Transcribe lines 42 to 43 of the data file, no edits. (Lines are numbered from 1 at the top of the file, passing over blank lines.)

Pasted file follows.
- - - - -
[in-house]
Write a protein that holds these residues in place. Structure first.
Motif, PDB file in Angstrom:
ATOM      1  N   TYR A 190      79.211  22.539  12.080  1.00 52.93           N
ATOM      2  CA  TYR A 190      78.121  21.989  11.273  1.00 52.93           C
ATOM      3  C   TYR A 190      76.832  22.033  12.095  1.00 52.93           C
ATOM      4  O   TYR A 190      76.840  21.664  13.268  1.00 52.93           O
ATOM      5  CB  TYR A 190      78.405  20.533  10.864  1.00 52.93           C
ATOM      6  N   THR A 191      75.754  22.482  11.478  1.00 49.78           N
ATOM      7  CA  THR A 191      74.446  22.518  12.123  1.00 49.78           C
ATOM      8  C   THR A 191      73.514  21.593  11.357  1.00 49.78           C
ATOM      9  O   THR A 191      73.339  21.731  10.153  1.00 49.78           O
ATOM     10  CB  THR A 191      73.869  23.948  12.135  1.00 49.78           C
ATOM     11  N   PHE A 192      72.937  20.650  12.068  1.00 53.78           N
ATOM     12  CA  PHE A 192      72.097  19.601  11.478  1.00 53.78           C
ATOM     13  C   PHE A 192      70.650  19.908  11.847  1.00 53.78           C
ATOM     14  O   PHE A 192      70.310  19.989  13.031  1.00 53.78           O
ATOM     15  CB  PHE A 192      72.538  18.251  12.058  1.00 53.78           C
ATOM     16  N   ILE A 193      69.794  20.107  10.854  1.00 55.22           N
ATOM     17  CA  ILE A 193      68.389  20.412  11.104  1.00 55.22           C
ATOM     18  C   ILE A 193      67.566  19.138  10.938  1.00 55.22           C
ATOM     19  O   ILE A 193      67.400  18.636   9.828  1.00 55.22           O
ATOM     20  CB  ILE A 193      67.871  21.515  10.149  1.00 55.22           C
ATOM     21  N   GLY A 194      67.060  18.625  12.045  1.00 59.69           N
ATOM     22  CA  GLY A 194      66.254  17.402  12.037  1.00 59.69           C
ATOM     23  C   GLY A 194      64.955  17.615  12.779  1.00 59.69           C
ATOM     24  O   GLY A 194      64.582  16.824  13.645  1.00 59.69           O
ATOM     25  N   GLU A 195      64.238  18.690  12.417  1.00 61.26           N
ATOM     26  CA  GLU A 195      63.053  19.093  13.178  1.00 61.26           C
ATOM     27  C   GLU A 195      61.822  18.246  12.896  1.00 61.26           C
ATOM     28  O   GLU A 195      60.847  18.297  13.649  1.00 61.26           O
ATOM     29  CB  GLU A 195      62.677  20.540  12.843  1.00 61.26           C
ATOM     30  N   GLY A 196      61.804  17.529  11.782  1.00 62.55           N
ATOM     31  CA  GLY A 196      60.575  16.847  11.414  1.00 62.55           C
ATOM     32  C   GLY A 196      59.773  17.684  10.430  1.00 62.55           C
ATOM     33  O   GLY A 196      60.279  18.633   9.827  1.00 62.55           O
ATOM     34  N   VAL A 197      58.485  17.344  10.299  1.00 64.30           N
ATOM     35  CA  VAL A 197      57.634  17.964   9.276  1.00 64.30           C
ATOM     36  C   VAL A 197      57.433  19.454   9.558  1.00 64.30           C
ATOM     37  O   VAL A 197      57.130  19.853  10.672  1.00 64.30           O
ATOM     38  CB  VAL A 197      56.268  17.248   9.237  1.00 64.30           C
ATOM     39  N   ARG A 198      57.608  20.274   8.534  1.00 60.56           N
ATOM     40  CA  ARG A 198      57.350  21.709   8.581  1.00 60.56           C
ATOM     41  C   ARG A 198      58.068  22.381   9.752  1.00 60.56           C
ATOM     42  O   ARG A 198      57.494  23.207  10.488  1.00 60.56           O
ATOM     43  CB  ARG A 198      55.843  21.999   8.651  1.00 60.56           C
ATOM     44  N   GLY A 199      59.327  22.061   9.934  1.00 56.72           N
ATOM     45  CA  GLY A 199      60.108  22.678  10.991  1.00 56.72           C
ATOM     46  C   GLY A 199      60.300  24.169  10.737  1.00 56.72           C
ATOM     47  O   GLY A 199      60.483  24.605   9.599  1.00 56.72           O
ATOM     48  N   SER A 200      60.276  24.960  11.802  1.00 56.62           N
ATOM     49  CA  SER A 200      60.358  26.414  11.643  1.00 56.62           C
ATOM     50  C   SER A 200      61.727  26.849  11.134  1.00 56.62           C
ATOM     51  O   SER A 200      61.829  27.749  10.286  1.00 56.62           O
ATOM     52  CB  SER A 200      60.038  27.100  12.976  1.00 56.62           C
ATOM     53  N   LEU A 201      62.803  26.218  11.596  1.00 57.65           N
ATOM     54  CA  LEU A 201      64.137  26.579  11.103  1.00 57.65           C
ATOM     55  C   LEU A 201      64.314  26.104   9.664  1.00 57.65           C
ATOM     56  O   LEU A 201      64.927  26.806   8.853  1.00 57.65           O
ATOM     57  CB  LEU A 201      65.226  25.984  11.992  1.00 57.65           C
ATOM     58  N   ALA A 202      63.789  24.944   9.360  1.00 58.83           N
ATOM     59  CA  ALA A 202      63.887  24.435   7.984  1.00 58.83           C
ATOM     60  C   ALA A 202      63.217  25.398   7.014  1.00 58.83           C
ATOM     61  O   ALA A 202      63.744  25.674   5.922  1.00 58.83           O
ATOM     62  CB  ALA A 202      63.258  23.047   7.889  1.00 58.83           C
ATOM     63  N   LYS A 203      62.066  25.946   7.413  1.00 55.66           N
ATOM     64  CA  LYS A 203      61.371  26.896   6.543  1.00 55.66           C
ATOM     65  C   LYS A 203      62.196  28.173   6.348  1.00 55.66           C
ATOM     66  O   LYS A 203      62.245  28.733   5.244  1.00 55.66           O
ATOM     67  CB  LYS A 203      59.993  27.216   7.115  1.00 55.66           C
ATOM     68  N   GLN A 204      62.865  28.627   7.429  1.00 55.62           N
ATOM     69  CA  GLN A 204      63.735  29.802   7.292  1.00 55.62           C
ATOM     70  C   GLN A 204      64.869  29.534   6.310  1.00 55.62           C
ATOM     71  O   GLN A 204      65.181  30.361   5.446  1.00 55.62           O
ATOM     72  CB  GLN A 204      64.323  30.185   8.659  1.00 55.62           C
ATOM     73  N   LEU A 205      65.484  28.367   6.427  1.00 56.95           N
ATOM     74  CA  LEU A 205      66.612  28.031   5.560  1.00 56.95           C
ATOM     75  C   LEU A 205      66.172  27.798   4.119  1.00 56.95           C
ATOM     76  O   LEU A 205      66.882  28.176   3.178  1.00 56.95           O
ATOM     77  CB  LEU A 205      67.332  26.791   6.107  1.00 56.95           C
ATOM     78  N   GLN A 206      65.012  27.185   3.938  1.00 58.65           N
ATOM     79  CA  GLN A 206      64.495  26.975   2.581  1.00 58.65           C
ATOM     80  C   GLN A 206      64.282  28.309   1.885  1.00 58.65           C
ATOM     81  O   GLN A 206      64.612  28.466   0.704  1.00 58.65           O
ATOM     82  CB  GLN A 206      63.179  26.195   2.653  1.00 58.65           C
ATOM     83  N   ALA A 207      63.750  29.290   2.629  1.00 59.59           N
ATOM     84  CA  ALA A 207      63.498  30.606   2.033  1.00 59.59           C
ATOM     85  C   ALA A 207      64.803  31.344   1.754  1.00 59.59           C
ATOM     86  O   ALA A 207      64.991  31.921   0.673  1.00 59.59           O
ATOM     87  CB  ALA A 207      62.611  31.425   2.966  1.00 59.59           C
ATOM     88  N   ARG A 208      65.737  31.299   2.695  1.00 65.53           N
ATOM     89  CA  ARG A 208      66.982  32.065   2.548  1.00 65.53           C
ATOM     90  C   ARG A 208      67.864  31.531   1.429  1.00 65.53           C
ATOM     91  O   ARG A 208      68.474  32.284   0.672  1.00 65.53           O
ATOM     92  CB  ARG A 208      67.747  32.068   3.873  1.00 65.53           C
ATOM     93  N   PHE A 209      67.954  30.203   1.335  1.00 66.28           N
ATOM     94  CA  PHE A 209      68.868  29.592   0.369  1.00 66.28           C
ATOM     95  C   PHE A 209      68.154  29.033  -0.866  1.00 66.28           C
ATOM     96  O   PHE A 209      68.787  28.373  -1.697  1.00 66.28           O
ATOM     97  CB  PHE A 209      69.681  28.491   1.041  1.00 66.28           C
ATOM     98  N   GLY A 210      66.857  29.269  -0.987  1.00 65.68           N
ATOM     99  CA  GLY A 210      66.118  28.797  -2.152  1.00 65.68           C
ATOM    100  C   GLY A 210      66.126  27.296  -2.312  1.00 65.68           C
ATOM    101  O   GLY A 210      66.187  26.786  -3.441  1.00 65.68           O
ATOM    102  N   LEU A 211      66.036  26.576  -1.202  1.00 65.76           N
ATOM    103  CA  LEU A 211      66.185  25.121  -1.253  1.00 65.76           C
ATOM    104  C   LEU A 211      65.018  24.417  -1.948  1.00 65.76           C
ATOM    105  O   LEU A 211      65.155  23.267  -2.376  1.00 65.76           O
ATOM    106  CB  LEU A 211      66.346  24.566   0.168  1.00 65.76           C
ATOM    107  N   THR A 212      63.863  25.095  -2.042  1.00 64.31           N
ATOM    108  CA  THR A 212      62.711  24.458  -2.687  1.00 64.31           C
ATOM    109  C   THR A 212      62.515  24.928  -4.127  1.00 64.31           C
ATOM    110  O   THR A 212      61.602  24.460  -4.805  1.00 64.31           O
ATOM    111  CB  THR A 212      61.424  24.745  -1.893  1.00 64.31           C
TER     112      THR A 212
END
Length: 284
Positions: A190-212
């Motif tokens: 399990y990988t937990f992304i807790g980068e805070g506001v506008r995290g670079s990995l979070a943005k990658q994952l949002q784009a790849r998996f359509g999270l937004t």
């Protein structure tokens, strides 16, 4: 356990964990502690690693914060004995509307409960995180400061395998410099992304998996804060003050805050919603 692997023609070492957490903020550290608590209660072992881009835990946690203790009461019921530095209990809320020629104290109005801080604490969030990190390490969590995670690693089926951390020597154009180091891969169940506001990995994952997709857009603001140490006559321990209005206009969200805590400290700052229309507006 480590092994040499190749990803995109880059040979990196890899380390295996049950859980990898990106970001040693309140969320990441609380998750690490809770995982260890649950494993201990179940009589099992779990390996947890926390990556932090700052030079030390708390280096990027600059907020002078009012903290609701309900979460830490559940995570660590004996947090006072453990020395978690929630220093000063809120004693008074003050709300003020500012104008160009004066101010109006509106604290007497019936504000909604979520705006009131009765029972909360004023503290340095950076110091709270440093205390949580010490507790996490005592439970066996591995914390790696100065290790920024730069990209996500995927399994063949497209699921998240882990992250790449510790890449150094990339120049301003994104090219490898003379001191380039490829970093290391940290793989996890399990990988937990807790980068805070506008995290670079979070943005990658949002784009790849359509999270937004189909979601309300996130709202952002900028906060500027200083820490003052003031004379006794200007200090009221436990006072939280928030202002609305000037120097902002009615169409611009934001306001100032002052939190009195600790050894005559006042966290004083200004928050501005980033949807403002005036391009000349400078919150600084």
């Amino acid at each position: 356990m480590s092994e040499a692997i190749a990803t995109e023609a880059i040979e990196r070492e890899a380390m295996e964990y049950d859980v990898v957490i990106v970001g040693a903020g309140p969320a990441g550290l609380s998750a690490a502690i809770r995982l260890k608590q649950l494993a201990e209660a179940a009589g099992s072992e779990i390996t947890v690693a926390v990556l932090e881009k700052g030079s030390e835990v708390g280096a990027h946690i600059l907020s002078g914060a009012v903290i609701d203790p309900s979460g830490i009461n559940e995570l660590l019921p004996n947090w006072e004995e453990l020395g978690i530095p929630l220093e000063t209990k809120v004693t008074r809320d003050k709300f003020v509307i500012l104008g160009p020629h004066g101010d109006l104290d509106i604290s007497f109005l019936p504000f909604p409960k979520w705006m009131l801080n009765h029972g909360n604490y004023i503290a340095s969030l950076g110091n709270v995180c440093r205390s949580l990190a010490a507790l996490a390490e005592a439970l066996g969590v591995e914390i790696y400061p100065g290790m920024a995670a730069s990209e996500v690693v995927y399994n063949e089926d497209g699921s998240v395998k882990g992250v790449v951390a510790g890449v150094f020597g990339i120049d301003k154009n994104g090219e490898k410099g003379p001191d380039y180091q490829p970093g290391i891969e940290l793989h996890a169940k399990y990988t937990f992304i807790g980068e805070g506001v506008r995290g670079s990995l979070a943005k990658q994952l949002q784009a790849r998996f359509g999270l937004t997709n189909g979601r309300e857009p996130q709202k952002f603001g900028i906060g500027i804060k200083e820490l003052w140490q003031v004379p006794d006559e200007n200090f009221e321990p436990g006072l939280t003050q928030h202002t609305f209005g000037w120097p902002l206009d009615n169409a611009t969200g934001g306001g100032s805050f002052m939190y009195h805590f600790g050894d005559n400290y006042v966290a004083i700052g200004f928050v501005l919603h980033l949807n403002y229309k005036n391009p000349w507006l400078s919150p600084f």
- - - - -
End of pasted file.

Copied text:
ATOM     39  N   ARG A 198      57.608  20.274   8.534  1.00 60.56           N
ATOM     40  CA  ARG A 198      57.350  21.709   8.581  1.00 60.56           C